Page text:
Social partners reach draft framework agreement on fixed-term contracts
After 10 months of intense negotiations, during which success did not always appear likely, the central EU-level social partners - ETUC, UNICE and CEEP - reached a draft framework agreement on fixed-term employment contracts on 14 January 1999. The deal aims to enshrine the principle of non-discrimination between open-ended and fixed-term contract workers and to establish a framework to prevent abuse arising from the use of successive fixed-term contracts. The agreement must now be ratified by each organisation's governing body.
On 14 January 1999, the Union of Industrial and Employers' Confederations of Europe (UNICE), the European Centre of Enterprises with Public Participation and of Enterprises of General Economic Interest (CEEP) and the European Trade Union Confederation (ETUC) reached a draft framework agreement on the rights of workers on fixed-term employment contracts. This brings to an end 10 months of intense negotiations, during which success did not always appear a foregone conclusion.
Following consultations by the European Commission on "flexibility in working time and security for worker"s, the rights of fixed-term contract workers were initially intended to be part of a general set of negotiations on all "atypical forms of employment". However, as UNICE was not prepared to negotiate on the rights of part-time and fixed-term employees at the same time, arguing that the issues pertaining to such employment contracts were too diverse, in 1996 the social partners initially entered into negotiations on part-time work, under the mechanisms set out in the social policy Agreement annexed to the Maastricht Treaty on European Union. These negotiations were successfully concluded with the signing of a framework agreement on part-time work in June 1997 (EU9706131F), and a Directive (97/81/EC) to implement the agreement was subsequently adopted by the EU Council of Labour and Social Affairs Ministers in December 1997 (EU9712175N).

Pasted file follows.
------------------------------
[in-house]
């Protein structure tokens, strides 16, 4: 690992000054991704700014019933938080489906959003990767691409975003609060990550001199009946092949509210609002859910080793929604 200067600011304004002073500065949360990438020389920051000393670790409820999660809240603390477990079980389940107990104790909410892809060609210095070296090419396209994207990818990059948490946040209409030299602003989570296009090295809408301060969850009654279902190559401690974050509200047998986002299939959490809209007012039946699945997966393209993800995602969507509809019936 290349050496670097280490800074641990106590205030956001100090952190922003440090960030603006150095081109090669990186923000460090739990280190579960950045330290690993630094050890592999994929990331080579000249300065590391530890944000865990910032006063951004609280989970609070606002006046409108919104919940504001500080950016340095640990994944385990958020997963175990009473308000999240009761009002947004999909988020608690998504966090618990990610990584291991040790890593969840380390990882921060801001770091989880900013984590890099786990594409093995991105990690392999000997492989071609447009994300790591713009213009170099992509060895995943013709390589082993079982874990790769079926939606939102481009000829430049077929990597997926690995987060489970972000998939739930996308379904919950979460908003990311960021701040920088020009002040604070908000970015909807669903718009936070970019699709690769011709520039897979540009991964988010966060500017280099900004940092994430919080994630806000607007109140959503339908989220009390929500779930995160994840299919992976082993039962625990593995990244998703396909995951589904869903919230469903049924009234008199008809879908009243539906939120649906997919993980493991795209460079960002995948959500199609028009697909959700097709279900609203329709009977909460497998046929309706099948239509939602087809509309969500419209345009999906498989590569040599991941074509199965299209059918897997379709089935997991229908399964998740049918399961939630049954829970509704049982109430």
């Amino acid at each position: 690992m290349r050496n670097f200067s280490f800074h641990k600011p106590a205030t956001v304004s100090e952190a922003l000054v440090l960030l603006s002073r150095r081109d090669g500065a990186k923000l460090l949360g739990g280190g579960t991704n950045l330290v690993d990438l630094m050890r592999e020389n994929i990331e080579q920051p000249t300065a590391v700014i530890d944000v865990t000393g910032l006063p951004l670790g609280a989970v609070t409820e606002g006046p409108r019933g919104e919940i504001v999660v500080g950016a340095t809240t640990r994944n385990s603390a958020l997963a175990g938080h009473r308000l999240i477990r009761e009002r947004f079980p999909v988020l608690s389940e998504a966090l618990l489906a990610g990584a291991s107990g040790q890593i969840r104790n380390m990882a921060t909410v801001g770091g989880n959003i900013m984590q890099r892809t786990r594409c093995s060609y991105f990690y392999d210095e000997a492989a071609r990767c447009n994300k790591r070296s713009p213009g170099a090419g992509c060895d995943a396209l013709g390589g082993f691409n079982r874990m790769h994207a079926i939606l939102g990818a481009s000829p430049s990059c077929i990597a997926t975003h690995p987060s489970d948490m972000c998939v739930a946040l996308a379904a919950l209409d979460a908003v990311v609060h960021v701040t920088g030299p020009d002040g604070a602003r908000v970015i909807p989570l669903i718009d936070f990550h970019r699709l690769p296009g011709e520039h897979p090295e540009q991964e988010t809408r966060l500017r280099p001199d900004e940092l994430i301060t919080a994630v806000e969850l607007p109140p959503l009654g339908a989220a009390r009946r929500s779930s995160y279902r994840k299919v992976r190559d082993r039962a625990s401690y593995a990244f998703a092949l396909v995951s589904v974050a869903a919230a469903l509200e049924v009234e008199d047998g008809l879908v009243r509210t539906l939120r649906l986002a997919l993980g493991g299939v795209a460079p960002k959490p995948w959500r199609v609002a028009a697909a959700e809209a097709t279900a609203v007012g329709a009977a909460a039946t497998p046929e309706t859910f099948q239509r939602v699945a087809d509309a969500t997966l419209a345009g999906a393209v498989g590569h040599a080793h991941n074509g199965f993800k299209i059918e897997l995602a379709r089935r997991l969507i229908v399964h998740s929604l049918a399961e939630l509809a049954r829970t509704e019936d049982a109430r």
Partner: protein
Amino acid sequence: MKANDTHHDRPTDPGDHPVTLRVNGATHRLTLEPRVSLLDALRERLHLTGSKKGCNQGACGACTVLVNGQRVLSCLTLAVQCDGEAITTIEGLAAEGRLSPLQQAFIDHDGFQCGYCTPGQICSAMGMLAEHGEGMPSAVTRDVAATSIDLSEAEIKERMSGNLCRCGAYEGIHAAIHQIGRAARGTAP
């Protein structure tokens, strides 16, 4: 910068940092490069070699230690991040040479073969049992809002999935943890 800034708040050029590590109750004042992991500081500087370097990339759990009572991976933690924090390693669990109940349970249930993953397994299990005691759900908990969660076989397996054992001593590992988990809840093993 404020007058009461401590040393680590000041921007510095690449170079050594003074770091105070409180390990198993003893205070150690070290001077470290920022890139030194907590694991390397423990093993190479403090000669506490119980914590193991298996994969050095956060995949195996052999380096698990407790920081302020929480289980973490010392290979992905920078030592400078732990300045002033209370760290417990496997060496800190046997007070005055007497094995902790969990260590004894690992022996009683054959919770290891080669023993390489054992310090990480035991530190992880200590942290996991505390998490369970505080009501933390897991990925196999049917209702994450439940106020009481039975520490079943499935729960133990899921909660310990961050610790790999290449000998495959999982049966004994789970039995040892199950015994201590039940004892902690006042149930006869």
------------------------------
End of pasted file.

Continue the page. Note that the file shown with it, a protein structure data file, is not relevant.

In the same month, UNICE declared its willingness to negotiate with ETUC and CEEP on fixed-term contracts on the basis of the social policy Agreement (EU9802183F). The first meeting of the negotiating group took place on 23 March 1998 (EU9804198N).
In 1997, temporary and fixed-term employment made up 11% of male employment and 13% of female employment in Europe (according to the Commission's 1998 Employment in Europe report) and represents a growing phenomenon across the majority of the Member States. More importantly, temporary employment accounted for all of the net addition to employment of men and 40% of the net addition to the employment of women in the EU between 1994 and 1997. The proportion of employees on temporary and fixed-term contracts is particularly high in Spain, Portugal and Finland. These employees currently often suffer from lower levels of employment protection and of work-related benefits.
At the outset of the negotiations, ETUC was therefore particularly keen not only to enshrine the principle of non-discrimination against such workers, but also to establish a framework for the use of fixed-term contracts in the EU to counteract what it perceived to be the abuse of successive fixed-term contracts (or "chain contracts") to undermine secure employment relationships. UNICE, on the other hand, was keen to see liberalisation of the use of fixed-term contracts, which remains severely restricted in a number of Member States.
The draft agreement
In the preamble to the draft agreement on fixed-term contracts, the social partners highlight that its conclusion illustrates the positive role they can play in the European employment strategy, particularly in relation to achieving a better balance between "flexibility in working time and security for workers". In addition, they underline their recognition that fixed-term employment relationships respond, in certain circumstances, to the needs of both employers and workers. The social partners state that the agreement is intended only to set a framework of minimum requirements, recognising that their detailed application needs to take account of different national, sectoral and seasonal situations.